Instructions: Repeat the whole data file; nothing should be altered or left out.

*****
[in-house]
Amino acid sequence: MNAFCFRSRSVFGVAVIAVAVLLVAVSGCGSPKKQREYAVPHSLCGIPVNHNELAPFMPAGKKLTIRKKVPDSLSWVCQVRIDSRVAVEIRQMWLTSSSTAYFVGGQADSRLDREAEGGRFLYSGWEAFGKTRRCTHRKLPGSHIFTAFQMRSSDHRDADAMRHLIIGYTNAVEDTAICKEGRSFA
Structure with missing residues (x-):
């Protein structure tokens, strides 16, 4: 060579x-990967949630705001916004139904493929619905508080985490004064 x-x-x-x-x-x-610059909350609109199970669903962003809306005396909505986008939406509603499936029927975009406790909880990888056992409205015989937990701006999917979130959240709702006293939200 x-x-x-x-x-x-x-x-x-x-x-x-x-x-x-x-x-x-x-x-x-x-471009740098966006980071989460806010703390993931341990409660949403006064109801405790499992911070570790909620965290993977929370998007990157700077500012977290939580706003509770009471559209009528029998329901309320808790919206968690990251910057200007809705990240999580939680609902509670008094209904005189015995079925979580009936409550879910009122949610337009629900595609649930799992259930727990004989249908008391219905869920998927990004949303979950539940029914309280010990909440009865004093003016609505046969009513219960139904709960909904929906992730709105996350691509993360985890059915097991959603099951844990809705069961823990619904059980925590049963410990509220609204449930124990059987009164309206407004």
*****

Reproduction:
[in-house]
Amino acid sequence: MNAFCFRSRSVFGVAVIAVAVLLVAVSGCGSPKKQREYAVPHSLCGIPVNHNELAPFMPAGKKLTIRKKVPDSLSWVCQVRIDSRVAVEIRQMWLTSSSTAYFVGGQADSRLDREAEGGRFLYSGWEAFGKTRRCTHRKLPGSHIFTAFQMRSSDHRDADAMRHLIIGYTNAVEDTAICKEGRSFA
Structure with missing residues (x-):
């Protein structure tokens, strides 16, 4: 060579x-990967949630705001916004139904493929619905508080985490004064 x-x-x-x-x-x-610059909350609109199970669903962003809306005396909505986008939406509603499936029927975009406790909880990888056992409205015989937990701006999917979130959240709702006293939200 x-x-x-x-x-x-x-x-x-x-x-x-x-x-x-x-x-x-x-x-x-x-471009740098966006980071989460806010703390993931341990409660949403006064109801405790499992911070570790909620965290993977929370998007990157700077500012977290939580706003509770009471559209009528029998329901309320808790919206968690990251910057200007809705990240999580939680609902509670008094209904005189015995079925979580009936409550879910009122949610337009629900595609649930799992259930727990004989249908008391219905869920998927990004949303979950539940029914309280010990909440009865004093003016609505046969009513219960139904709960909904929906992730709105996350691509993360985890059915097991959603099951844990809705069961823990619904059980925590049963410990509220609204449930124990059987009164309206407004």